Tesla blasts the UAW after the National Labor Relations Board hands down a complaint against the electric-car maker as it pushes to fill orders for the new, more affordable Tesla Model 3 sedan.
“As we approach Labor Day weekend, there’s a certain irony in just how far the UAW has strayed from the original mission of the American labor movement, which once advocated so nobly for the rights of workers and is the reason we recognize this important holiday,” Tesla says in a statement released after the complaint was made public.
“An overwhelming loss at a Nissan plant earlier this month, corruption charges that were recently leveled against union leaders who misused UAW funds and failure to gain traction with our employees, it’s no surprise the union is feeling pressured to continue its publicity campaign against Tesla,” the automaker says.
For seven years, “the UAW has used every tool in its playbook: misleading and outright false communications, unsolicited and unwelcomed visits to the homes of our employees, attempts to discredit Tesla publicly in the media, and now another tactic that has been used in every union campaign since the beginning of time – baseless (unfair labor practice) filings that are meant only to generate headlines,” Tesla says, adding the charges “are entirely without merit.”
The launch of the Model 3 requires a steady increase in the tempo of production of at Tesla’s Fremont, CA, assembly plant, CEO Elon Musk has acknowledged.
The NLRB is set up to be independent, though the tenor of its rulings does follow the politics that shift with changing leadership in the White House. President Trump is expected to make the NLRB more conservative, but the board’s staff is generally neutral.
The charges against Tesla were signed by the director in the NLRB's Regional Office in Oakland, CA. Tesla is required to answer the charges in writing on or before Sept. 14 and a hearing on the complaint will be held Nov. 14.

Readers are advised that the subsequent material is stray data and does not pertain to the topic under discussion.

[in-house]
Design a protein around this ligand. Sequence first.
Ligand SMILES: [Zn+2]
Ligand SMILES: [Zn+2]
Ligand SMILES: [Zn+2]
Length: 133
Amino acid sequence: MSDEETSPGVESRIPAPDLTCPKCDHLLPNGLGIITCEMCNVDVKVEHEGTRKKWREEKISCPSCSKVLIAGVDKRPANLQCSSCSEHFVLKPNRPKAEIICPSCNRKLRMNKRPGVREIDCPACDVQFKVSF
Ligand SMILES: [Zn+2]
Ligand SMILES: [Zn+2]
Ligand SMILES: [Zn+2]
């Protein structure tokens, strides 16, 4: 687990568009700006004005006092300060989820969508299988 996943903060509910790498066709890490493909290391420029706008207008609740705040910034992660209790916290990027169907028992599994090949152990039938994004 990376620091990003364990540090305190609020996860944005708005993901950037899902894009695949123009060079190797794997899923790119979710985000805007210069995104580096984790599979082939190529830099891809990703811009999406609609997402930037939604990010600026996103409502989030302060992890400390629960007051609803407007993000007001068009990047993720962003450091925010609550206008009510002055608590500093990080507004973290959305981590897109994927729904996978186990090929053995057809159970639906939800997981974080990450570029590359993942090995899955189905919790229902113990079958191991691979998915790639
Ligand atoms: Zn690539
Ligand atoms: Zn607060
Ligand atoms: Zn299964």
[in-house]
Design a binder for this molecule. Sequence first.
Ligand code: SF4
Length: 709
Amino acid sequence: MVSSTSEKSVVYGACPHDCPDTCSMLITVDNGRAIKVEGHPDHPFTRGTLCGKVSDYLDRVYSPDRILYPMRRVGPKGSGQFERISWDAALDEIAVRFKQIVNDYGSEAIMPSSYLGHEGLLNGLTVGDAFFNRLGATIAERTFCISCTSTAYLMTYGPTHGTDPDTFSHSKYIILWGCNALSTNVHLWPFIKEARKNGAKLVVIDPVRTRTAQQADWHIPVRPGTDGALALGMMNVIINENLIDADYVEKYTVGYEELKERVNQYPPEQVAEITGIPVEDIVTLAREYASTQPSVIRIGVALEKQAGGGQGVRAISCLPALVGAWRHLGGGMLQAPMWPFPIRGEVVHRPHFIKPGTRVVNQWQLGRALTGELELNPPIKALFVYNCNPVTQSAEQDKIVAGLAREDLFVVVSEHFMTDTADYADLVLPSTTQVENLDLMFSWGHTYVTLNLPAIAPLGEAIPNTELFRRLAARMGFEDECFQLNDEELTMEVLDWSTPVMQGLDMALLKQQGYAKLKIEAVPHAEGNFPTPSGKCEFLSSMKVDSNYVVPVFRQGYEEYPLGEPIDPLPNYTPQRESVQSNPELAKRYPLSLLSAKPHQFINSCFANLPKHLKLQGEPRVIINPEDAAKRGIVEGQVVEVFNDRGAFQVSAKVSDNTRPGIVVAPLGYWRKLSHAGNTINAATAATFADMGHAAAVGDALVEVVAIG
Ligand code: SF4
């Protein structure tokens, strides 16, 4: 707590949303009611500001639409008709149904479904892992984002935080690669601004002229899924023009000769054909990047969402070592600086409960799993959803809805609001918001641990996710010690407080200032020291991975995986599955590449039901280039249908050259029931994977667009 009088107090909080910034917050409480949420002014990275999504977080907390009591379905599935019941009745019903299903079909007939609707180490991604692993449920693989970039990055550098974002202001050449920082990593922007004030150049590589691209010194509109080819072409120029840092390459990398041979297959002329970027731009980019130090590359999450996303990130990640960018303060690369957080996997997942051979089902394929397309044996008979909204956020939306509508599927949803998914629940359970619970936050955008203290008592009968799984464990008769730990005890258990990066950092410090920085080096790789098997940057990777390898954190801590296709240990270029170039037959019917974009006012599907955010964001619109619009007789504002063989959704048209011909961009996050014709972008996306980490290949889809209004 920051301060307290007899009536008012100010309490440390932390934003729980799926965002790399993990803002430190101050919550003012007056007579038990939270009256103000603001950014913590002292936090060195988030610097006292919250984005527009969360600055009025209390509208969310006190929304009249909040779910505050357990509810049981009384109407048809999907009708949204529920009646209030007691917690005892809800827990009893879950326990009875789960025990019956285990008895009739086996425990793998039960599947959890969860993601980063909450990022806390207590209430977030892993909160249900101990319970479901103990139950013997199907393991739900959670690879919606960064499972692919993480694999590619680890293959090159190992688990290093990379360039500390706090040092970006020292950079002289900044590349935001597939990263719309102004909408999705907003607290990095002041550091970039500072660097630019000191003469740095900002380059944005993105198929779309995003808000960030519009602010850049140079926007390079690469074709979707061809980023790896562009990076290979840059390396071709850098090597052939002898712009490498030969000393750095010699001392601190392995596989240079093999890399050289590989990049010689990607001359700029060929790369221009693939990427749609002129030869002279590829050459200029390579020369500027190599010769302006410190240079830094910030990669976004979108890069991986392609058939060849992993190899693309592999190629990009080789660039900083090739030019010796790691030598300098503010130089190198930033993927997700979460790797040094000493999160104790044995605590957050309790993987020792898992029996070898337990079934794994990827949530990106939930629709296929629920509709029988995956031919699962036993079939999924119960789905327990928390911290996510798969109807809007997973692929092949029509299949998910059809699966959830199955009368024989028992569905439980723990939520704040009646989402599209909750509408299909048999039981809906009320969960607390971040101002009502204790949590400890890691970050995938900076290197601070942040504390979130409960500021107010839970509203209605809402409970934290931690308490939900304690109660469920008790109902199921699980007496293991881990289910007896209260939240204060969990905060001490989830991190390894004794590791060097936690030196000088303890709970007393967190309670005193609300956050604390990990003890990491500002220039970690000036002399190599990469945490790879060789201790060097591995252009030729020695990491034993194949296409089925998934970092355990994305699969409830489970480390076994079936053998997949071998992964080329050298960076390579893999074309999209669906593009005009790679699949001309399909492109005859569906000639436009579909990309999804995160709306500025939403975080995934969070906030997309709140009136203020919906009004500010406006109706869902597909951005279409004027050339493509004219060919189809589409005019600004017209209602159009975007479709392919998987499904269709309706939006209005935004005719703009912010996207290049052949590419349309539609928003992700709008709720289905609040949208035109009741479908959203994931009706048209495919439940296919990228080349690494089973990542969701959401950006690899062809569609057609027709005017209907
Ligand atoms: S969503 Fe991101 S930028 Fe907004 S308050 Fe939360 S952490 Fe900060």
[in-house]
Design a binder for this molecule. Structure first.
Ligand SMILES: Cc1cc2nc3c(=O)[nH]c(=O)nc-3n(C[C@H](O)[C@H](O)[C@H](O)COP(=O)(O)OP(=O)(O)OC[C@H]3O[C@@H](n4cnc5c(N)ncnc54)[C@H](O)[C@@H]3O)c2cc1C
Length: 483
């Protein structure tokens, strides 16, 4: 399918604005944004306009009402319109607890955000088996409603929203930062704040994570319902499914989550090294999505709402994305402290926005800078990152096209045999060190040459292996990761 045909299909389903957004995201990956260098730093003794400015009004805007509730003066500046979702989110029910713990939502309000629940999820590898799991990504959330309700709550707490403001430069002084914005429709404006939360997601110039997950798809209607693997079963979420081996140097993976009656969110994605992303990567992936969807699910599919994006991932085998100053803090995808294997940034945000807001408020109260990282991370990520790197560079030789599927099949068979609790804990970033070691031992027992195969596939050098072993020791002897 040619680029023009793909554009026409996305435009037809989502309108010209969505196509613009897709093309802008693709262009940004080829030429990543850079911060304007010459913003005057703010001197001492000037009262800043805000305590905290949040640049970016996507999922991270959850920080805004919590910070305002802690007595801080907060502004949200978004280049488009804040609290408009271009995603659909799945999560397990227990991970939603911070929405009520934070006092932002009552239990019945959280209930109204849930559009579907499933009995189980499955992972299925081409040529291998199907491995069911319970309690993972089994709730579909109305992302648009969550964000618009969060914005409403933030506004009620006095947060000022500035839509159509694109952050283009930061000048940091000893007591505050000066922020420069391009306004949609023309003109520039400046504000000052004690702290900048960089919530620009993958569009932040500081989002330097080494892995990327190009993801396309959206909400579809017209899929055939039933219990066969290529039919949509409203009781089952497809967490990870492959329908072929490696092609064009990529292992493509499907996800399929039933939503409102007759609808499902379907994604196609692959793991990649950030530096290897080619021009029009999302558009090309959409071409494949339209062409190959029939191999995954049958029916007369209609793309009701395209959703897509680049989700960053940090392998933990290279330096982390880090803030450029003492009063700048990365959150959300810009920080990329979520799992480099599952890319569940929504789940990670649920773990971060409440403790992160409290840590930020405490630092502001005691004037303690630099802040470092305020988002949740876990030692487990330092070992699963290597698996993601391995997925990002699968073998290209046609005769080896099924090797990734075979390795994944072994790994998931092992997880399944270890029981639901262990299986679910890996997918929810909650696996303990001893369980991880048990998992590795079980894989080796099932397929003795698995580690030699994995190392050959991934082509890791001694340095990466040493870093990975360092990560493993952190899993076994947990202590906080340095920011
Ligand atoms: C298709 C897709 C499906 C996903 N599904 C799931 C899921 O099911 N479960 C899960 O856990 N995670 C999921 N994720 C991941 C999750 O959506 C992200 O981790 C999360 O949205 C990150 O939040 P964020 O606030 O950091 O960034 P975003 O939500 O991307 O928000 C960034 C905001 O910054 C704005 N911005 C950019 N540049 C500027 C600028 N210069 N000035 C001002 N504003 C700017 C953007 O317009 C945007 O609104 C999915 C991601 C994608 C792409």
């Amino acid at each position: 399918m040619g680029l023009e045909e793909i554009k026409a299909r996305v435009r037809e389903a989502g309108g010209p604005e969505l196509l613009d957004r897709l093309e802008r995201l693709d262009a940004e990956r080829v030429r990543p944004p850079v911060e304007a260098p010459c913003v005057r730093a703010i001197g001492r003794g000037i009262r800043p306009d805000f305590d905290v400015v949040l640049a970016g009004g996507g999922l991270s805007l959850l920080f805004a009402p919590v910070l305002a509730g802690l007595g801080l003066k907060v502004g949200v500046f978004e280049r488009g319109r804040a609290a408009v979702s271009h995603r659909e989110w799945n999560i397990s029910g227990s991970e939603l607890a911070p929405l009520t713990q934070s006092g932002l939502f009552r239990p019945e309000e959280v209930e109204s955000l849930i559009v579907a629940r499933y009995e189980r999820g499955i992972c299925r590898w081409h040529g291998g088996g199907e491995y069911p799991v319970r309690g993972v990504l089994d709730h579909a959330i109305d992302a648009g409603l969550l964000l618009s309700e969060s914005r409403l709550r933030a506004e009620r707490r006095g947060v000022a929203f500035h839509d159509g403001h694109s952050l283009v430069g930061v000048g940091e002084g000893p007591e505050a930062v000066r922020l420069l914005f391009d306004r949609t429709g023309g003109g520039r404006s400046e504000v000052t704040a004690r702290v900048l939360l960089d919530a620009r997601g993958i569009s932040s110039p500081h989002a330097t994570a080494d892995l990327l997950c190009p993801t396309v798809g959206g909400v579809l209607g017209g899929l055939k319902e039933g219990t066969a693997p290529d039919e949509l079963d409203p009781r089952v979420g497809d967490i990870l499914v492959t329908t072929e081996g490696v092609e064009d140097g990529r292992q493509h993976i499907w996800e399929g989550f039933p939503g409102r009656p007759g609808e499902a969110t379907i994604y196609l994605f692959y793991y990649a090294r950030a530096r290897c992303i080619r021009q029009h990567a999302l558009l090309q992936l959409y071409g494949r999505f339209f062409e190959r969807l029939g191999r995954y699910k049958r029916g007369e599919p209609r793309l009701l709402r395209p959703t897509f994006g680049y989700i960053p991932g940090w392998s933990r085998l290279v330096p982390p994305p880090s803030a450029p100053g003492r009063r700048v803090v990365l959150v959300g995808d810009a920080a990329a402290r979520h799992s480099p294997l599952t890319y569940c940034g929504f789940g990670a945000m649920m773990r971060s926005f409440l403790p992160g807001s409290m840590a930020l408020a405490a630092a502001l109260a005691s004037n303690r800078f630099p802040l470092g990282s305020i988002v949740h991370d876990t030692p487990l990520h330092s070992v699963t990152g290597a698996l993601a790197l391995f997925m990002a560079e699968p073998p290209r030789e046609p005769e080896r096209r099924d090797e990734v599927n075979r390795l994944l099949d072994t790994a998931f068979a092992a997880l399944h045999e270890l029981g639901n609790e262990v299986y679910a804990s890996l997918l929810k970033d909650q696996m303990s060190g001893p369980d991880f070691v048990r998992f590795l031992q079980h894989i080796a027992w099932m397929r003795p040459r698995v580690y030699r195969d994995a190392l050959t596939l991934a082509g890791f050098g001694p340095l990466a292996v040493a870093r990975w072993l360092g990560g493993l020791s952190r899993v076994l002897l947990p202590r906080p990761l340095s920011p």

The UAW emphasizes the NLRB has found merit to allegations by workers that the company violated their rights by requiring them to sign an overly broad confidentiality agreement that could bar them from talking about their working conditions and safety issues at the facility.
Tesla also was charged with numerous acts of intimidating and harassing workers and otherwise violating workers’ rights under federal labor law, the union noted in a statement.
Workers have raised concerns about health and safety, compensation and their right to speak out. This is despite signing a document indicating they may face termination or criminal prosecution for speaking publicly about what they observed at work or their working conditions.
“I knew the company couldn’t legally prevent us from speaking out about issues at the plant, but the confidentiality policy confused a lot of my coworkers and made them fear that they didn’t have certain rights,” says David Gonzalez, a Tesla production associate. “This NLRB Complaint will help people realize they have the right to speak up when they see something that isn’t right. I’m proud of my coworkers who filed these charges and stood up for us.”
Jonathan Galescu, a Tesla production associate, says, “For as long as I’ve been at Tesla, it’s been clear to me that it’s up to the workers to make sure that we’re safe and treated fairly. I joined others in filing the charges for myself, but I also did it for my coworkers – they need to know we have rights, and that we can speak up about what we are seeing and experiencing.”
The UAW has lined up more than 50 different community groups as well as other labor unions from across the San Francisco Bay Area to support its organizing drive. Historically, the Bay Area has been a stronghold of organized labor, going back to the 1930s.
UAW President Dennis Williams says the union will not press prematurely for a vote at the Fremont factory. High turnover at the plant is not only a challenge for Tesla but also the UAW, observers have noted.